Sports Illustrated football guru Peter King says the Steelers will go 8-8 and finish third in the AFC North behind Baltimore and Cincinnati.
Sounds about right.
Black and gold blinders often keep Pittsburgh from seeing the Steelers as they really are. That can make a fall all the more disappointing. The Steelers are an extremely flawed, frayed and fragile team propped up by the best money quarterback in football, but not much else.
James Harrison is among the best outside linebackers in football. But he might not play very much.
Troy Polamalu is among the best safeties in football. But his breakneck style and accrued wear and tear mean the end comes sooner, not later.
Nose tackle is a critical position in the Steelersí 3-4 defense. Casey Hampton is close to his expiration date.
The problems are many. Some are great. Inexperience at corner opposite Ike Taylor. Ziggy Hood regressed last season. The top half of the 2012 draft class got blown up. David Johnson is out for the year; so much for resurrecting the fullback position. Running back lacks tenure and pedigree.
When you pile it all together, anything better than .500 seems a bit of a reach. The Steelers are beat up already, and the regular season hasnít yet started.
But Ben Roethlisberger gives the Steelers a shot at the playoffs, the division, postseason success, the Super Bowl, just about anything. Mike Wallace is back, the deep threat, the cherry on top of an excellent receiving corps. David DeCastroís injury depletes the offensive line, but if Willie Colon stays healthy, heís a major upgrade.
Thereís not necessarily more bad than good, but thereís much more shaky than certain.
It comes down to Roethlisberger. Can he, at 30, find another gear as he enters what should be his prime? Will new offensive coordinator Todd Haley spotlight Roethlisberger and help Wallace chase Larry Fitz money, or lean on Isaac Redman and Jonathan Dwyer by way of appeasing Art Rooney II? "Look, granddaddy, we run the ball!"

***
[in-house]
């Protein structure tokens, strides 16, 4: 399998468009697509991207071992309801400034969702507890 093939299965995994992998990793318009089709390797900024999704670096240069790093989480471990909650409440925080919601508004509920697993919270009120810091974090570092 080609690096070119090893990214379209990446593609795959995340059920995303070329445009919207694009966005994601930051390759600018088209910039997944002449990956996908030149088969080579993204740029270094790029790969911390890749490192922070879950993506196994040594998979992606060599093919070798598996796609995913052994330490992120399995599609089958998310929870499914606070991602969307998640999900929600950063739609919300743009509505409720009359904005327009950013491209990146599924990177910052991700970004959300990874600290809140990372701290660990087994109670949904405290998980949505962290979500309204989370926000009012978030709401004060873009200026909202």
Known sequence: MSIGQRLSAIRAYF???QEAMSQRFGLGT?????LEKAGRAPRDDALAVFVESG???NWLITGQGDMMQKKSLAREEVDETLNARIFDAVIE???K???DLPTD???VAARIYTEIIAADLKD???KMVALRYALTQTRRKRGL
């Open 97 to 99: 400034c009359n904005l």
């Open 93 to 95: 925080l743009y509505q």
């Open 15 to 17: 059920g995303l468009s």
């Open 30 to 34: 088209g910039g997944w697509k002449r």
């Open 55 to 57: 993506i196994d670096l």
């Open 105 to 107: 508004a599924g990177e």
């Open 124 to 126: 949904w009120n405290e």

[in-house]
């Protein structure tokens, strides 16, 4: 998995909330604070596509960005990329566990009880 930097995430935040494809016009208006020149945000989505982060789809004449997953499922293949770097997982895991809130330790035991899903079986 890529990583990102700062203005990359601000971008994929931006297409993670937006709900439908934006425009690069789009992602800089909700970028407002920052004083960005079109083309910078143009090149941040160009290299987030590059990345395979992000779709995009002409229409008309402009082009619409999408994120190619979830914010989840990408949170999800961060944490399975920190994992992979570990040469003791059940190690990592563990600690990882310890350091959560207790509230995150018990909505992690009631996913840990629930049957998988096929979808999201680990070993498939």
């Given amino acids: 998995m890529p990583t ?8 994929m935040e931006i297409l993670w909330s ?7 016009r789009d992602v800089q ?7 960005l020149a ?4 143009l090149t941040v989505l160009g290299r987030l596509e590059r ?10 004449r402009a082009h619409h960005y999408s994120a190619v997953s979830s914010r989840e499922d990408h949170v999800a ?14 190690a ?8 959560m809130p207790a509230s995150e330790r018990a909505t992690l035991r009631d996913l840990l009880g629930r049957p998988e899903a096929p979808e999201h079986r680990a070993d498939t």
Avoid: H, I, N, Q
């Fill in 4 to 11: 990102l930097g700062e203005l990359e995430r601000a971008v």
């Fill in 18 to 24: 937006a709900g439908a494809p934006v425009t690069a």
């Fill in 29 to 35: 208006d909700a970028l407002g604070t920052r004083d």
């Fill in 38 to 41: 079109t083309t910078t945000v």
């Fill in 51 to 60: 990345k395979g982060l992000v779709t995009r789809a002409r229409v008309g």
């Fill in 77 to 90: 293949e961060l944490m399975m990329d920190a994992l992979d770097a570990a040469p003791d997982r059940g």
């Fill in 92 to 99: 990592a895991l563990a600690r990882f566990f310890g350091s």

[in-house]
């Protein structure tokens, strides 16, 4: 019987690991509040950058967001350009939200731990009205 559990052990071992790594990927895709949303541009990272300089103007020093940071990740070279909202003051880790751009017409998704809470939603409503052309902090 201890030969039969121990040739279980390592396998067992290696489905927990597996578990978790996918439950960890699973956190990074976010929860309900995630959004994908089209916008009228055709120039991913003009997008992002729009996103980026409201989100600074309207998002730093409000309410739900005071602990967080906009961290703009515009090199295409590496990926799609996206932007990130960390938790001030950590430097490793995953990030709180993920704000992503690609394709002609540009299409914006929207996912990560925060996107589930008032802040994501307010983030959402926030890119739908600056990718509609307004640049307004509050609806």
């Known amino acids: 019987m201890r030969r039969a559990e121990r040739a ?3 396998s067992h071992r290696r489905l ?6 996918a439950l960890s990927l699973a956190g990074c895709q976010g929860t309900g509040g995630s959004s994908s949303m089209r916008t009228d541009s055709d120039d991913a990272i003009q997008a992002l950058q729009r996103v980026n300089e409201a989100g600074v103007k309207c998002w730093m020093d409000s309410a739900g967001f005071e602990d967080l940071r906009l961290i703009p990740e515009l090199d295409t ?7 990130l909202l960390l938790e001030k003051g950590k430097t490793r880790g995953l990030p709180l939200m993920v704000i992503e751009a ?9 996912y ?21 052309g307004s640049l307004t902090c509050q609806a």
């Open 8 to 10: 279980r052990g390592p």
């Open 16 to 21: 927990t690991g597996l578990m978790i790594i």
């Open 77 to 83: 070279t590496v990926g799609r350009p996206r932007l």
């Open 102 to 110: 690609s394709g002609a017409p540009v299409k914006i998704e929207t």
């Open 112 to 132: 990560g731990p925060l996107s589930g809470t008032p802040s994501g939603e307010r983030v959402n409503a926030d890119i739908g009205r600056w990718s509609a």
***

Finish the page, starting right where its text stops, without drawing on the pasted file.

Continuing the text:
Hopefully, Roethlisberger shoulders the burden. If the Steelers lose, heís going to get blamed no matter how much heís asked to do, so let him drive the bus.
Speaking of which, can Dwyer wrest the top running back job (or at least significant carries) from Redman? Heís a bit more bruising, a bit more in the Steelers mold. Heís got a bit more pedigree, too: Georgia Tech vs. Bowie State.
Running the ball is crucial from one standpoint: The less that creaky Steelers defense is on the field, the better.
Of all the potential negatives, Harrisonís condition is paramount. Without an effective pass rush, this version of the Steel Curtain really isnít too difficult to deal with.
Hereís betting Harrison is sidelined more than he plays. Uh-oh.
The AFC North may work in the Steelersí favor. The Ravens are as old and shopworn as the Steelers, especially at key positions, and their quarterback isnít as good. Whatever it is the Bengals never had, they still havenít got.
Itís a crapshoot. But given the early injury concerns and a defense thatís fragile in every sense of the word, 8-8 is my call. Mike Tomlin likes to say ďthe standard is the standard,Ē but you canít sprinkle black and gold pixie dust on Chris Carter and turn him into Harrison.
If the Steelers do miss the playoffs (or go one and done), itís time for some very hard personnel decisions. Do you risk keeping Ďem too long, or risk ditching Ďem too early?
Mark Madden hosts a radio show 3-6 p.m. weekdays on WXDX-FM (105.9).